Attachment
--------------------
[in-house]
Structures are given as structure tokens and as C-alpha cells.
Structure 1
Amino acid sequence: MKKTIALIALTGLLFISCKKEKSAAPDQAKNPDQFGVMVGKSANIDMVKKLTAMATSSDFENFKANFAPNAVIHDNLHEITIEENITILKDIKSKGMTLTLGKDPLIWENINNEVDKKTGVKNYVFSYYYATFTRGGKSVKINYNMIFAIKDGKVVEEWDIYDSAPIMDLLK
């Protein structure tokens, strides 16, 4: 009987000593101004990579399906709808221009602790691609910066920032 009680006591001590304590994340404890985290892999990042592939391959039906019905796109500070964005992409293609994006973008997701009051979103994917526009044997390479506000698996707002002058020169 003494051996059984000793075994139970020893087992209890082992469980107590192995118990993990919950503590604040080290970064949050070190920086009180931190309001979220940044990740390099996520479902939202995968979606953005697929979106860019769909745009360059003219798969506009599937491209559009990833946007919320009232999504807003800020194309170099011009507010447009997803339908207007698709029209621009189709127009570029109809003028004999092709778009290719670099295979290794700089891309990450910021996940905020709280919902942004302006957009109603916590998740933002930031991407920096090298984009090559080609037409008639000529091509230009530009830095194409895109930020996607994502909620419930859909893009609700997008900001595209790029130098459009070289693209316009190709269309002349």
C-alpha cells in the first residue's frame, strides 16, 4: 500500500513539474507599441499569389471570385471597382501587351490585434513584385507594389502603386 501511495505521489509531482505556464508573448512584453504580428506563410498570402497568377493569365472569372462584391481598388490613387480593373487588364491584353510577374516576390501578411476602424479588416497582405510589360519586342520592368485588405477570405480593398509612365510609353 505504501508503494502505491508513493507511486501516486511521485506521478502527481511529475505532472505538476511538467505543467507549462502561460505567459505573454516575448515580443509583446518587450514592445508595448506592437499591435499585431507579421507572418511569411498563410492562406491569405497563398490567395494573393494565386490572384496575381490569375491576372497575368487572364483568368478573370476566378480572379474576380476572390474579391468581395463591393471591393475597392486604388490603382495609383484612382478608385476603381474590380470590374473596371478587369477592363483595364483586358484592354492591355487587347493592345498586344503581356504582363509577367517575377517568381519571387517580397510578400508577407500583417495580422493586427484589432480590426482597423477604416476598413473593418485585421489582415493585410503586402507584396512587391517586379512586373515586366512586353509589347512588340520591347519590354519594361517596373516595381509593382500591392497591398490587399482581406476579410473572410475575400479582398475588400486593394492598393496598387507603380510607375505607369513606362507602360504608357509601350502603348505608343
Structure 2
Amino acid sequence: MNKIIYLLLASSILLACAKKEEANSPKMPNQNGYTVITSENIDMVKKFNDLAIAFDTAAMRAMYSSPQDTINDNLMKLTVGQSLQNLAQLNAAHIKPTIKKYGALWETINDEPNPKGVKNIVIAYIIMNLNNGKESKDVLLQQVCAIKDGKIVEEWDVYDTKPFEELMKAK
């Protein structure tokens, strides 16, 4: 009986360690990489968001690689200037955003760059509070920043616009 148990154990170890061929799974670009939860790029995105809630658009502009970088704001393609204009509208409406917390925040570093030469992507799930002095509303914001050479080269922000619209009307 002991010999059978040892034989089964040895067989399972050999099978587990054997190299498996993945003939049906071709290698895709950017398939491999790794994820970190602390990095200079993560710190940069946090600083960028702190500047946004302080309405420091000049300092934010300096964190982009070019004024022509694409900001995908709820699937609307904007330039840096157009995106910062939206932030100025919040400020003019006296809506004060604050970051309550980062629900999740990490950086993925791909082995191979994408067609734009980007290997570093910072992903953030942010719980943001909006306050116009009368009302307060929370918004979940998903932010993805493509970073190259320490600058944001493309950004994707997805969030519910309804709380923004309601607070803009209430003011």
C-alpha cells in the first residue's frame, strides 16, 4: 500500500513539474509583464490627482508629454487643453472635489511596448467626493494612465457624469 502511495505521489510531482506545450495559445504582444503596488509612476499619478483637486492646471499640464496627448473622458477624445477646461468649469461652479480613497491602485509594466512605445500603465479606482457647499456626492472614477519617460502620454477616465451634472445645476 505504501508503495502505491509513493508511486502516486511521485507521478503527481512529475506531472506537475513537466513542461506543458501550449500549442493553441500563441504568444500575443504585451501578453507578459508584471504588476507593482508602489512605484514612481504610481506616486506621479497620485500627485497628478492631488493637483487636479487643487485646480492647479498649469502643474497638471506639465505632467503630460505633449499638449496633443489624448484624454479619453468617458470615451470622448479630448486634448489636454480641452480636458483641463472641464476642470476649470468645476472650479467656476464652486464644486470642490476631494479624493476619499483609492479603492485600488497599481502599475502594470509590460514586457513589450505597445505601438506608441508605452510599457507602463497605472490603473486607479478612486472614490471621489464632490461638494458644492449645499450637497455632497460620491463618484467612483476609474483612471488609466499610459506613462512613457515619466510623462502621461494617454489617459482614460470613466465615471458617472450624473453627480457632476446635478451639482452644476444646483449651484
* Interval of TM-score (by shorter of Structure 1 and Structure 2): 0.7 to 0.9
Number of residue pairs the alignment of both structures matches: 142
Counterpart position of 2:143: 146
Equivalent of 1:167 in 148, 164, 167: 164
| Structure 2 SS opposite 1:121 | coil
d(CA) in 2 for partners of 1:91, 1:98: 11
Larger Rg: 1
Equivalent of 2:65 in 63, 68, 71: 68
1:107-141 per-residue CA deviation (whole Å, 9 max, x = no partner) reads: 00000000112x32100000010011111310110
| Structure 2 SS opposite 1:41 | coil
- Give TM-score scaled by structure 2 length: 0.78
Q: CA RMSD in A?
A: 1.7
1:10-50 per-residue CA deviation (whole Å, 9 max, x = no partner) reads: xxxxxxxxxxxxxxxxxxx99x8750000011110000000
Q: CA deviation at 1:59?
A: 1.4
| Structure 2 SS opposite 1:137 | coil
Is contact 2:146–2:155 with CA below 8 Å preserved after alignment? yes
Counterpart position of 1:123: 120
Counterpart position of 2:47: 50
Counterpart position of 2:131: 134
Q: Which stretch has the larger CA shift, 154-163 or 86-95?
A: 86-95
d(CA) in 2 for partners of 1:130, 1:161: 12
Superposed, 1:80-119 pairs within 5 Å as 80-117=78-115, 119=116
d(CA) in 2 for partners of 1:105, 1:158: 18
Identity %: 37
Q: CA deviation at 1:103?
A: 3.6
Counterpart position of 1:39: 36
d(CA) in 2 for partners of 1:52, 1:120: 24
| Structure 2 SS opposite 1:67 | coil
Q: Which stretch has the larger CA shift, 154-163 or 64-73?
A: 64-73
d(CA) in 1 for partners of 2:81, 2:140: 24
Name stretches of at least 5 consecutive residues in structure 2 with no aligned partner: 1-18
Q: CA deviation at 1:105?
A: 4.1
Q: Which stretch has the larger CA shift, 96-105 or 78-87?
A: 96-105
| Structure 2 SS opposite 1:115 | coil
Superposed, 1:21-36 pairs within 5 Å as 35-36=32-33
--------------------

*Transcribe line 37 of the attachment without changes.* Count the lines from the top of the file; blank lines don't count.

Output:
Identity %: 37